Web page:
Isaac Corman was b 1777 in Frederick, Maryland, USA to Hans Johannes Jerrick Korman (Kornmann), also known as George Corman, and Sarah Harrison, who m 1763 in Frederick, Maryland.
They lived in Maryland on a 700 acre tract until the Revolution. They moved to British Kentucky until the hostilities reached there, then they moved onto Pennsylvania and eventually to Canada in 1792.
Isaac’s father, George Corman, petitioned for land and was given a land grant for Lots 21 & 22, Conc 3, Saltfleet Twp., Wentworth County, Upper Canada. (Source: LAC RG1, L3, Vol.283, L Bundle 1, Petition 5 film C-2124)
Isaac’s sister, Catherine Corman, m John Yeager Sr. (born Johannes Jager).
Isaac and his brother-in-law John Yeager both served in Captain James Durand Company of the 5th Regiment Lincoln Militia during the War of 1812. During the Battle of Stoney Creek, the attack left the Battlefield strewn with American dead and wounded. Isaac Corman, his brother-in-laws, Billy Green, and John Yeager were among the settlers who cleared the battlefield and buried the dead. (Sources: The Yeager Family Album, R Robert Mutrie; Annals of the Forty, R Janet Powell; Billy Green the Scout, Mabel Thompson; Ontario History,1952; Battlefield House & Museum)
Another sister, Hannah Corman, m James Lee, a British Soldier who served under General Cornwallis during the American Revolution. James and Hannah immigrated to Upper Canada and settled on lots 21 & 22, Conc 4 in Saltfleet Township.
A story is told that John Lee, a son of James, fought by the side of Sir Isaac Brock at the Battle of Queenston Heights in October of 1812. When Brock was wounded John Lee helped to carry him off the battlefield and later he was a pallbearer at his funeral. The Lee family has also been connected with the Battle of Stoney Creek. Sgt Lee is mentioned in the Billy Green story.
Isaac’s brother, Abraham Corman, m Mary Reitter; a sister, Mary Corman m Mr. Verner; a sister, Elizabeth Corman m Mr Allen; and a sister, Sarah Corman m Captain Thomas Pettit of Saltfleet Township (their son Sgt. George Pettit served in the War of 1812 with 4th Regiment Lincoln Militia)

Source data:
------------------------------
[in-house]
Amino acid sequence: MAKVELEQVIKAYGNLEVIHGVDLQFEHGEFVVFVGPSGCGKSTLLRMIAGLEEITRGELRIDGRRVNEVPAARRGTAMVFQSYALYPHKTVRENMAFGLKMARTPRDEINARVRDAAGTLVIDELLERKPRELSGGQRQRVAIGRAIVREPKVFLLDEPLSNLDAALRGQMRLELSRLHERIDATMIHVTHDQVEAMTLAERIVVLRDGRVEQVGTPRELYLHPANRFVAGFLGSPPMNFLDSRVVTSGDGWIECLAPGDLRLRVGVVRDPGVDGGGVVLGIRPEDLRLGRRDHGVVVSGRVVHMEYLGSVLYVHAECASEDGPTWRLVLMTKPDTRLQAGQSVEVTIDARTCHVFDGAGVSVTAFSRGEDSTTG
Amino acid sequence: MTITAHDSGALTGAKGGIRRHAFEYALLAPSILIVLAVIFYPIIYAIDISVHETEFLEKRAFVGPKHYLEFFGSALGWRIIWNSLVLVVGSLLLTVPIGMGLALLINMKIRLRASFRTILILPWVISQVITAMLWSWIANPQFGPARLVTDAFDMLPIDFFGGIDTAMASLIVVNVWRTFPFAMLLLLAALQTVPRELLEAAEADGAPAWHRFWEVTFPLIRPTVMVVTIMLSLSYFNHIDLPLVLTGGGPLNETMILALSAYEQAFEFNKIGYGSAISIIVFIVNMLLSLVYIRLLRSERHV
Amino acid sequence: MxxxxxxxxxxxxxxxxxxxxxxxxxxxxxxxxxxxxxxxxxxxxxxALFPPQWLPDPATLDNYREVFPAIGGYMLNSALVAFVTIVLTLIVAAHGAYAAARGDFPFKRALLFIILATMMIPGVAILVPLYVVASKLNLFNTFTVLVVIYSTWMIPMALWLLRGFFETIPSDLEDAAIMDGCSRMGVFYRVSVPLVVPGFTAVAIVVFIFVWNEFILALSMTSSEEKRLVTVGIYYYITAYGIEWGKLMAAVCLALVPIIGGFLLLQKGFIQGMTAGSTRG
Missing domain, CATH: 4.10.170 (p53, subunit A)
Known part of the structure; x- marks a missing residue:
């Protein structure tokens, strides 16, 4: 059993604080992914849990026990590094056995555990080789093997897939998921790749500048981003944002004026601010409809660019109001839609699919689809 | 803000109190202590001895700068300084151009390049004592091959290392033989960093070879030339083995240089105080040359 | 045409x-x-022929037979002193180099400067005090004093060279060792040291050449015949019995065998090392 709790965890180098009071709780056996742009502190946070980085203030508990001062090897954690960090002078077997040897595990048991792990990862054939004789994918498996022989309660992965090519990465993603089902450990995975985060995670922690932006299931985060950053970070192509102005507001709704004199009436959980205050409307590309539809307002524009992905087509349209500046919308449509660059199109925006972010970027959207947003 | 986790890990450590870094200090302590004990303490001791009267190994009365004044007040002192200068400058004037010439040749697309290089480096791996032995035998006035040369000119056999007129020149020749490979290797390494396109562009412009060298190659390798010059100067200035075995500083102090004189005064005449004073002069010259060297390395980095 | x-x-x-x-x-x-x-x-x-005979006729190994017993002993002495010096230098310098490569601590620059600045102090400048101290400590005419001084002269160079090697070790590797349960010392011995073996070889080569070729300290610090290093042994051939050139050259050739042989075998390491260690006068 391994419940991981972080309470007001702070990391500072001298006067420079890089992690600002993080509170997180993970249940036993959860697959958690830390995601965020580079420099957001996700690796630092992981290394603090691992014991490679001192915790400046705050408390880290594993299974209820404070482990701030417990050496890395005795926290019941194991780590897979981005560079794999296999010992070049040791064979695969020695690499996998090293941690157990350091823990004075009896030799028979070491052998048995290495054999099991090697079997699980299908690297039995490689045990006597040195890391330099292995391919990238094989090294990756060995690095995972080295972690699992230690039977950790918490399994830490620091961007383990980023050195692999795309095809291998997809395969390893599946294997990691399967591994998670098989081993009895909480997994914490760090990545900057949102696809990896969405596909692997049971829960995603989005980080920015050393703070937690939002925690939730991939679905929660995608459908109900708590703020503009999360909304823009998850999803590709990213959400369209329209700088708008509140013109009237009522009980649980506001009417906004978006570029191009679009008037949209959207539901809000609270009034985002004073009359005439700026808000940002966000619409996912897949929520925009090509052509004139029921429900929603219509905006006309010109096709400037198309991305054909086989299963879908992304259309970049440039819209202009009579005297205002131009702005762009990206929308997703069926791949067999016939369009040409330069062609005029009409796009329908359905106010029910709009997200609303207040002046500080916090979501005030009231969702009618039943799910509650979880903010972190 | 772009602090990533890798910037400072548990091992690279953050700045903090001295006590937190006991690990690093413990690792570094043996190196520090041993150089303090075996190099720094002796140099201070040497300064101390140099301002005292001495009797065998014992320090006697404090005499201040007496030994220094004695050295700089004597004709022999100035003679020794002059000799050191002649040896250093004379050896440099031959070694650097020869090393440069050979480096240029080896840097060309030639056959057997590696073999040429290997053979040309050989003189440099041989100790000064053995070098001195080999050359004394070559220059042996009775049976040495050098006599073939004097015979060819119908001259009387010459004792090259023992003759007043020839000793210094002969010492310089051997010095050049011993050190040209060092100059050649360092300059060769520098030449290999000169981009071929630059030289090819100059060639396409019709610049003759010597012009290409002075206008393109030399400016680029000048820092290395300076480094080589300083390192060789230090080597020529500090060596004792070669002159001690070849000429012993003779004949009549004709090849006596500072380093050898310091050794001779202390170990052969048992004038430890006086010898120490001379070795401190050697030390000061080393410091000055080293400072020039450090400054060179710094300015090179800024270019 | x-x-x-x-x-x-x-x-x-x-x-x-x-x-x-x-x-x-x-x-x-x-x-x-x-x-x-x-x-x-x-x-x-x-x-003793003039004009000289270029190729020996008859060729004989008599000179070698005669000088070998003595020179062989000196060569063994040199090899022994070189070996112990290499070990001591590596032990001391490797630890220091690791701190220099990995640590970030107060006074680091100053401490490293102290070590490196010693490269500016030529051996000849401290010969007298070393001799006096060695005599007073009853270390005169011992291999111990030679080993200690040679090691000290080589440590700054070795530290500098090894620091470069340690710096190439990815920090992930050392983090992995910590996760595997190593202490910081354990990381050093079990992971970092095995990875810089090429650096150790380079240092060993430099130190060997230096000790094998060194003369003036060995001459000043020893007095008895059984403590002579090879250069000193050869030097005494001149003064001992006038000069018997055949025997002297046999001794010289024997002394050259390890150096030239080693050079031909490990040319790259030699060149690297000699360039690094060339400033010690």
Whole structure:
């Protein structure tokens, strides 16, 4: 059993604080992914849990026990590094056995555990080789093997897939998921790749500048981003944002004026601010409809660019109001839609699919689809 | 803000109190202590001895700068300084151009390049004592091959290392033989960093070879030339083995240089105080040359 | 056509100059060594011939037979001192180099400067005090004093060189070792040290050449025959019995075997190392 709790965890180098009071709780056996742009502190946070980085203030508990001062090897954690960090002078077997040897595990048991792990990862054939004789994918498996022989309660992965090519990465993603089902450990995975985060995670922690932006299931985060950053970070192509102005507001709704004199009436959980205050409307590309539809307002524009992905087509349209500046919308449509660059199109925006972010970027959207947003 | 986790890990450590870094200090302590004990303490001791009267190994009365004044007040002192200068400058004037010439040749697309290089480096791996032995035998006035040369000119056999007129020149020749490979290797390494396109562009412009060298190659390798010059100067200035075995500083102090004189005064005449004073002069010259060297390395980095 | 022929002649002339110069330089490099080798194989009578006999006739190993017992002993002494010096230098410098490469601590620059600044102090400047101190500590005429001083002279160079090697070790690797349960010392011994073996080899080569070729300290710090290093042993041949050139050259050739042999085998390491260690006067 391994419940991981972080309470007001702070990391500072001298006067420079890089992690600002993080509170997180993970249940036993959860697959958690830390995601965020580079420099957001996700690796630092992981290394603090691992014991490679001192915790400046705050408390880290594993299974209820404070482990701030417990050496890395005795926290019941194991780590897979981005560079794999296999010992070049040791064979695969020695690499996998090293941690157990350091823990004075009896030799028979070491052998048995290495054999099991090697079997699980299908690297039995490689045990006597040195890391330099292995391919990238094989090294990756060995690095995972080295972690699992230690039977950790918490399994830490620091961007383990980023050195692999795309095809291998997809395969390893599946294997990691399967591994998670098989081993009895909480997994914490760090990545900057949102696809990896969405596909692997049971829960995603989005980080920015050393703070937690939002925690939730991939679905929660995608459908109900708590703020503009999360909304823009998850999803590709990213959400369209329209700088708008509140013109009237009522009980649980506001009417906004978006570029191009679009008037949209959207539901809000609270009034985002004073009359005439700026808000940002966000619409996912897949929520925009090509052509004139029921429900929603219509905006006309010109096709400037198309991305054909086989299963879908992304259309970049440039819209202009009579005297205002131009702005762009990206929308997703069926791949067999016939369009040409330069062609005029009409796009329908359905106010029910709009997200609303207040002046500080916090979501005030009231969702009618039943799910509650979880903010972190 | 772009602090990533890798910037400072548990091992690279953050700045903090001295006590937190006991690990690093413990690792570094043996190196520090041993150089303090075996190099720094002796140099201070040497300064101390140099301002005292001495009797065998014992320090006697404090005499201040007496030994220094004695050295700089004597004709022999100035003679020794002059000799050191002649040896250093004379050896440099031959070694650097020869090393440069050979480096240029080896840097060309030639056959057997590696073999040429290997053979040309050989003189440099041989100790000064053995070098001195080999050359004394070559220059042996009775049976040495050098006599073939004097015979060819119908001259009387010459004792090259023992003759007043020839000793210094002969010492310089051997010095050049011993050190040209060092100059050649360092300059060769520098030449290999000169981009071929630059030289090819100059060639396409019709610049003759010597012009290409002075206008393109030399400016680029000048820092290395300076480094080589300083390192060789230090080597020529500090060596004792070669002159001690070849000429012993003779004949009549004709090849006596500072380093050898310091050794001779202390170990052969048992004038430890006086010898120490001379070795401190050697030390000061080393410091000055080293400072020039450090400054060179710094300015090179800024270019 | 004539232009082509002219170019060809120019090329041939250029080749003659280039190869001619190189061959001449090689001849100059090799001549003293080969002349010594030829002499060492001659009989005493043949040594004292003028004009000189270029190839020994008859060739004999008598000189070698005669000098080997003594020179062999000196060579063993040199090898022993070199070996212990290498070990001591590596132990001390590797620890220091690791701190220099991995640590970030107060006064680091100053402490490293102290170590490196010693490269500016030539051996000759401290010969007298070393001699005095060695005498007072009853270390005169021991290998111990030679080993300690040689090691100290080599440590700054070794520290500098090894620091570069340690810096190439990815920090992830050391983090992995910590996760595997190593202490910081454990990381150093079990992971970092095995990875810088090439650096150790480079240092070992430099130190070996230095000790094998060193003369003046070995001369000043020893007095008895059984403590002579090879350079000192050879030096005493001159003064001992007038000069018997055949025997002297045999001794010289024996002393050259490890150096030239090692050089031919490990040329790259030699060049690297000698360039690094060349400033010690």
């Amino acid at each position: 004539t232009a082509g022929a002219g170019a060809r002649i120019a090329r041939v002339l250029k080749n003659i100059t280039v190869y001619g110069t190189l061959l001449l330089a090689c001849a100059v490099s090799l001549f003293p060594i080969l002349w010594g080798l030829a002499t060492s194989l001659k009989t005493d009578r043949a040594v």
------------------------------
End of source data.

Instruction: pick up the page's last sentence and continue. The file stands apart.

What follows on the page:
After Isaac’s father, George Corman, d in 1804, at age 72 years, Isaac Corman inherited part of the home farm, as in 1808, he was settled on Lot 21, Conc 3, Saltfleet Township.
During the war, Isaac Corman lived at the foot of the escarpment near the native trail that was to become King Street. He m Keziah Green, the daughter of Ensign Adam Green UEL and Martha Smith, on 11 May 1801 in Stoney Creek, Ontario, Canada. Adam Green UEL who was a recruiter for the New Jersey Volunteers, acting under Colonel (Judge ) Nathaniel Pettit during the Revolutionary War, had Lot 24, Conc 4, Saltfleet Township, and petitioned for additional land in 1794, after which he received an additional 300 acres (Lots 24, 25 and 26, Conc 5) adjoining.
Isaac and Keziah Corman had eleven children:
- John G
- George A
- James F
During the War of 1812, Isaac Corman fought under Captain G Carpenter in the 2nd Flank Company, 5th Regiment Lincoln Militia. (Source: Militia & Defence RG 9, IB7, Vol. 1 page 135 of National Archives of Canada; Wilfred Lauber’s An Index of Land Claim Certificates of Upper Canada Militiamen who served in the War of 1812-1814, RG9, IB4, Vol. 19, File 21 pp. 888-889 at L.A.C; Soldiers of the King by William Gray page 144; and L.A.C. – RG9, IB7, Vol. 24, Digital page 1046, Film Roll T-10386)